Long-term trends

Gold ETF partially reverse recent gains with outflows in May

  • Despite the biggest monthly outflows in over a year, global holdings of gold ETFs are up 8% year-to-date and around 3% (99t) below the November 2020 peak at 3,922t
  • Year-to-date, North American- and European-listed funds have absorbed a combined 278t of inflows and AUM in both regions is around 9% higher. In contrast, holdings of Asian-listed funds are 17t lower y-t-d, due to fairly sizable outflows in China. 


  1. Average weekly basis over the month

  2. We calculate gold-backed ETF flows both in ounces/tonnes of gold and in US dollars because these two metrics are relevant in understanding funds’ performance. The change in tonnes gives a direct measure of how holdings evolve, while the dollar value of flows is a finance-industry standard that gives a perspective on how much investment reaches the funds. We have made a few adjustments and improvements to our calculation methodology as of 1 July 2021 that will impact historical and future data. Specifically, we revised the methodology used to estimate changes in gold holdings as described below:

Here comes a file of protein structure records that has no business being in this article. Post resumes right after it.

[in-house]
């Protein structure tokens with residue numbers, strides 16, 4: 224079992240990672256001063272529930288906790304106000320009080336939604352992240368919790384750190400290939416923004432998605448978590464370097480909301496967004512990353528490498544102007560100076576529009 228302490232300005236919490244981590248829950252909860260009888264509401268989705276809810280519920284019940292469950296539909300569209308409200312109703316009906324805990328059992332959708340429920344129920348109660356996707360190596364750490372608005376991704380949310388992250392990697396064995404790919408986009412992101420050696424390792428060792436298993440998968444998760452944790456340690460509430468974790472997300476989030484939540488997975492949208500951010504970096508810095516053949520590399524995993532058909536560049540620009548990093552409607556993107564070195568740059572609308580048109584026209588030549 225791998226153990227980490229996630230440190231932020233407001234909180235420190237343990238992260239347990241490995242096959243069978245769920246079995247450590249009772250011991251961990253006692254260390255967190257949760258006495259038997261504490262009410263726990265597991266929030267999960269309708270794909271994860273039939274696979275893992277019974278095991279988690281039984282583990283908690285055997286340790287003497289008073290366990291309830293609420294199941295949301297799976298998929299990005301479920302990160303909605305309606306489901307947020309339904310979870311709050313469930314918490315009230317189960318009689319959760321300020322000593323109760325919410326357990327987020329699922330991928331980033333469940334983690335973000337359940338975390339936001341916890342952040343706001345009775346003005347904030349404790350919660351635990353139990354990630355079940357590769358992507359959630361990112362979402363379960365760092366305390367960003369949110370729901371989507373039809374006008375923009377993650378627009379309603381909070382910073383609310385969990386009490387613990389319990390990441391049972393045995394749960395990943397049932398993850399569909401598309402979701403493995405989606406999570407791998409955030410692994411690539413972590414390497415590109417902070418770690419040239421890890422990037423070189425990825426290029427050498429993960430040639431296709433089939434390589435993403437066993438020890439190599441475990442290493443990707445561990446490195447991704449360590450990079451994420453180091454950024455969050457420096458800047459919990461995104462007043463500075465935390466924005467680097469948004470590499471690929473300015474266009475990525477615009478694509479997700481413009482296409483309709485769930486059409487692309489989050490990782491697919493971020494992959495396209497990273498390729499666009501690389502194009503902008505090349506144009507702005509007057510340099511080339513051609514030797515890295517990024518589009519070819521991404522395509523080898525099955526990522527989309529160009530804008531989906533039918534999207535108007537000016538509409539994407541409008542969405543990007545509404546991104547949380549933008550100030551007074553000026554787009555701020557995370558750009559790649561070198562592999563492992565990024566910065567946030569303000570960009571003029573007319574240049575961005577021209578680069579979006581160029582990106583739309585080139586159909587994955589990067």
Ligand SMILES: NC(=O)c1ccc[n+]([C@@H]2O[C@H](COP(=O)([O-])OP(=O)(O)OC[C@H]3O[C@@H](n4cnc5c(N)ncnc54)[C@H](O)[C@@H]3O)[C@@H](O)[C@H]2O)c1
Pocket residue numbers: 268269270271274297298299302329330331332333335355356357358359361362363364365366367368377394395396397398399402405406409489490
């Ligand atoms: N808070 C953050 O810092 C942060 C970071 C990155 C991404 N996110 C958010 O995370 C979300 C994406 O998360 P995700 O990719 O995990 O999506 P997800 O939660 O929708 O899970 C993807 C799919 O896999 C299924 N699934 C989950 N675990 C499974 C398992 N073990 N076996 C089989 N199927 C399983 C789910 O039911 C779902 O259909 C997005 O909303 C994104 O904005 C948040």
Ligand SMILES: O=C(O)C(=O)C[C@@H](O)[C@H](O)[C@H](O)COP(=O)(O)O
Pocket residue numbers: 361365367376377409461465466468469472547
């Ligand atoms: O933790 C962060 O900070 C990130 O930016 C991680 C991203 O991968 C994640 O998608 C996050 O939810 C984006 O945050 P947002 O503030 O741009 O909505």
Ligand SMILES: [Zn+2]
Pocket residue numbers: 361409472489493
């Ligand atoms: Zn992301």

• Previously, changes in tonnes were calculated by converting a fund’s AUM (in USD) into gold holdings (in tonnes) and computing the difference over periods. However, currency movements and large daily and weekly gold price movements could distort the difference between tonnage change and US-dollar fund flows during short time horizons. We therefore adjusted tonnage change as a function of fund flows versus AUM and replaced the tonnage change field with fund flows (tonnes).
    • Now, for most funds, we estimate US-dollar fund flows, as described in section 2.3.2 below, and then convert those flows to fund flows (tonnes).
    • Fund flows (tonnes) and US-dollar fund flows will now represent a more aligned explanation of investment demand for gold ETFs, while the true holdings of a fund, in US dollars and tonnage, will remain a close estimate, impacted by the currency and price volatility described above.
    • Based on our initial analysis, the changes are not likely to have a material long-term effect on historical information, particularly on a global or regional aggregate basis, but will adjust short-term fluctuations that can sometimes occur due to input data and timing variations.